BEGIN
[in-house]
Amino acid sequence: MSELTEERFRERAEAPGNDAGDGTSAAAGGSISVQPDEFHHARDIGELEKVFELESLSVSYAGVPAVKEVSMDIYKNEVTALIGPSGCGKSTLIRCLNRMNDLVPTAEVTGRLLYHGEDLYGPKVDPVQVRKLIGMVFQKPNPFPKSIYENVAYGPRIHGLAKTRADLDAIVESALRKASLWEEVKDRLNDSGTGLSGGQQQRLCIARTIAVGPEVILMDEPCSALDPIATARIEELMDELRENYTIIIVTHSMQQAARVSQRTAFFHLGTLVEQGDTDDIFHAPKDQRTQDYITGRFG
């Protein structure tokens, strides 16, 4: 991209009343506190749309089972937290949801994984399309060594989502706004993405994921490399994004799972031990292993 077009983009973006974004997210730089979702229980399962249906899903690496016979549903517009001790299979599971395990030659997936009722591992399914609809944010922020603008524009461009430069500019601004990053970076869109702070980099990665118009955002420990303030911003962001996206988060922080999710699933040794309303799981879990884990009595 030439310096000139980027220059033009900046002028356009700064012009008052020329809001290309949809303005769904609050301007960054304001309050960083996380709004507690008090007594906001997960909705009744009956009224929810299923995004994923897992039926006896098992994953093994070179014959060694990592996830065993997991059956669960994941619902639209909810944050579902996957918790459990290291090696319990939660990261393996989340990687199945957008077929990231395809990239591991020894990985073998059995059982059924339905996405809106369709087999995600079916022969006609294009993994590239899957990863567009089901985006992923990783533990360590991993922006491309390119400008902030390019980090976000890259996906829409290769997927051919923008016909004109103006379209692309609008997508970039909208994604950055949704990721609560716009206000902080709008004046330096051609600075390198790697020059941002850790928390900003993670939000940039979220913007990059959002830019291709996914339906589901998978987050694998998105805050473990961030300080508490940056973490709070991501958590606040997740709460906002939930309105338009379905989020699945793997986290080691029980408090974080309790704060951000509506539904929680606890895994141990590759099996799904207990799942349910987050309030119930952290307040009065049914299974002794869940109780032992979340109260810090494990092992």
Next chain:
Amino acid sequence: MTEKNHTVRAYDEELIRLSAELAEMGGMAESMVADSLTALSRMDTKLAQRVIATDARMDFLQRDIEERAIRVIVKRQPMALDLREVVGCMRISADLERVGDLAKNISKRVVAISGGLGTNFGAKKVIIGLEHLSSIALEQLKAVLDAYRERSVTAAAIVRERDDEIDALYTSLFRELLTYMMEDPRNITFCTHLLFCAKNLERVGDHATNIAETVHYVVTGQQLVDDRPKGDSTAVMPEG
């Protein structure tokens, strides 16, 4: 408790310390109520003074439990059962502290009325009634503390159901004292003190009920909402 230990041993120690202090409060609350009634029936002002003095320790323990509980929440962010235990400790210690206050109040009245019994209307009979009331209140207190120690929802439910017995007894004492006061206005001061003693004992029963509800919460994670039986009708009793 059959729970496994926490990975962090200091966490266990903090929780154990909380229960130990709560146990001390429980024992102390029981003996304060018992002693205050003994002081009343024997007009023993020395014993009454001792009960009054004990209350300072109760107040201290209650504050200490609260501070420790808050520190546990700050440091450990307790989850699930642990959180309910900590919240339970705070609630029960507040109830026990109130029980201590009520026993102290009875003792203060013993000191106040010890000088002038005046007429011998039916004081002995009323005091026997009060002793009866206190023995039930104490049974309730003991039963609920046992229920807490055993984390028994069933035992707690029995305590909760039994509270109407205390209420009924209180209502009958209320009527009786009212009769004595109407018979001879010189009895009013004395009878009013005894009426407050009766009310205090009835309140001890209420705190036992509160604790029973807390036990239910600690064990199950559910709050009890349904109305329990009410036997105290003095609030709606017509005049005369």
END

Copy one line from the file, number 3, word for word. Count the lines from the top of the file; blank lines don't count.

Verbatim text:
């Protein structure tokens, strides 16, 4: 991209009343506190749309089972937290949801994984399309060594989502706004993405994921490399994004799972031990292993 077009983009973006974004997210730089979702229980399962249906899903690496016979549903517009001790299979599971395990030659997936009722591992399914609809944010922020603008524009461009430069500019601004990053970076869109702070980099990665118009955002420990303030911003962001996206988060922080999710699933040794309303799981879990884990009595 030439310096000139980027220059033009900046002028356009700064012009008052020329809001290309949809303005769904609050301007960054304001309050960083996380709004507690008090007594906001997960909705009744009956009224929810299923995004994923897992039926006896098992994953093994070179014959060694990592996830065993997991059956669960994941619902639209909810944050579902996957918790459990290291090696319990939660990261393996989340990687199945957008077929990231395809990239591991020894990985073998059995059982059924339905996405809106369709087999995600079916022969006609294009993994590239899957990863567009089901985006992923990783533990360590991993922006491309390119400008902030390019980090976000890259996906829409290769997927051919923008016909004109103006379209692309609008997508970039909208994604950055949704990721609560716009206000902080709008004046330096051609600075390198790697020059941002850790928390900003993670939000940039979220913007990059959002830019291709996914339906589901998978987050694998998105805050473990961030300080508490940056973490709070991501958590606040997740709460906002939930309105338009379905989020699945793997986290080691029980408090974080309790704060951000509506539904929680606890895994141990590759099996799904207990799942349910987050309030119930952290307040009065049914299974002794869940109780032992979340109260810090494990092992």